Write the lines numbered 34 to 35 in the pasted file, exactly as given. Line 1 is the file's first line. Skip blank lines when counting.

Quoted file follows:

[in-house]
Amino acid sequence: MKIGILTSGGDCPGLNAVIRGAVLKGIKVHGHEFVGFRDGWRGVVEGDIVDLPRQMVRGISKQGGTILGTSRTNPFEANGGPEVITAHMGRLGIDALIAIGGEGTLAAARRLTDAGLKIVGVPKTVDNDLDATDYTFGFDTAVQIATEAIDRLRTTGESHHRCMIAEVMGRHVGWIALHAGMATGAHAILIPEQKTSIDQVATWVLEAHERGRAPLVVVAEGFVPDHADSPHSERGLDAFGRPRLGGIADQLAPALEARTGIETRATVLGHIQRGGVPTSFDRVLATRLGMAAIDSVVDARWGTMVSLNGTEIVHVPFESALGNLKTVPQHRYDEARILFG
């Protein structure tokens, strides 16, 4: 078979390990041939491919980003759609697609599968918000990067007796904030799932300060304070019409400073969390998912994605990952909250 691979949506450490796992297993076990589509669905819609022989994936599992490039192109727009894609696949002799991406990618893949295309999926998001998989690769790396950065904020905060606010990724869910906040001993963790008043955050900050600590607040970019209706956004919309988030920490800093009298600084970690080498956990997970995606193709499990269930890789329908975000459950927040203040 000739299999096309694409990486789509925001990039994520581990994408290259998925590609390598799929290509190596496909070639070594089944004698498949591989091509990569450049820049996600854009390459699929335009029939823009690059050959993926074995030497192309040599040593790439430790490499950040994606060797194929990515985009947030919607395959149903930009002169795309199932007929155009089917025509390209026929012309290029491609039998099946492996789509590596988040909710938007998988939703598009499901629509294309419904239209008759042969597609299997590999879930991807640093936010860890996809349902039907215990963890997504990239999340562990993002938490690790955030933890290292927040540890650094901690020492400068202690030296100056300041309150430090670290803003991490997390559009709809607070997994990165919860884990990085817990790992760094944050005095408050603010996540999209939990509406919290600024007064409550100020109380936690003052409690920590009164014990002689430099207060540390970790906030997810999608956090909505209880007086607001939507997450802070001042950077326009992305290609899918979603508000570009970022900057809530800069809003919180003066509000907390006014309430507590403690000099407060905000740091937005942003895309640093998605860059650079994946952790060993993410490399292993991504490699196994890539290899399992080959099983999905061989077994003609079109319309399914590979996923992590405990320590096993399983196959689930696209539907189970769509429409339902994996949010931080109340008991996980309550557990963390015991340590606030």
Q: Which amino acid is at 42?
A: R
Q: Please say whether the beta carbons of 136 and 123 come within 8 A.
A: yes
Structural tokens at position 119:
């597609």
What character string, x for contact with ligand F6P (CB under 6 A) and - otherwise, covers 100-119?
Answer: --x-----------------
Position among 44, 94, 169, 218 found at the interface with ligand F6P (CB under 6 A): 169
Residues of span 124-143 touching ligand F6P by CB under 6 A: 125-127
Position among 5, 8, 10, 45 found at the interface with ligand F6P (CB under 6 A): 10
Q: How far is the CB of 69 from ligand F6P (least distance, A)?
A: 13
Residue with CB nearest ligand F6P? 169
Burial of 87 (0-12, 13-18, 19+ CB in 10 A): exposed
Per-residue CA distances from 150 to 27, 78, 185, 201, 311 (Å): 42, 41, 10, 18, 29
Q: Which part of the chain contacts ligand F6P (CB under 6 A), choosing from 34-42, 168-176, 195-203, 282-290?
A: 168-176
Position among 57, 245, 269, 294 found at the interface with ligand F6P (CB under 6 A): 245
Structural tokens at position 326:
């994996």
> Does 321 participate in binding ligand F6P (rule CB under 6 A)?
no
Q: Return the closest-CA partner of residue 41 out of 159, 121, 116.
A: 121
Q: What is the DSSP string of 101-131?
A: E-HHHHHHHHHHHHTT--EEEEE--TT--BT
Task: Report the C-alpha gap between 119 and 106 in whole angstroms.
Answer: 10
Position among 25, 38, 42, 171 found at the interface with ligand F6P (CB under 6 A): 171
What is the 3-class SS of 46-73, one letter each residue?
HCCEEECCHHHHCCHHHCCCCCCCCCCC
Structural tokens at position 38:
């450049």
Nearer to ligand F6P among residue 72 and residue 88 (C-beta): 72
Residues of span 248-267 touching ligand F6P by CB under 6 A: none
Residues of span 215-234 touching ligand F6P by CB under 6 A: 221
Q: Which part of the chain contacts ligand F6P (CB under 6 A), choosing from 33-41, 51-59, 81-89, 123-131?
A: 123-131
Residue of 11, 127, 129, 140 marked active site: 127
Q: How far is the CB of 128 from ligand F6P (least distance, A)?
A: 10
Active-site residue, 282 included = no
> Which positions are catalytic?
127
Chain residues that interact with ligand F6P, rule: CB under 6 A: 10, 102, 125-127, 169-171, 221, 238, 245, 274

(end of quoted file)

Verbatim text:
What is the 3-class SS of 46-73, one letter each residue?
HCCEEECCHHHHCCHHHCCCCCCCCCCC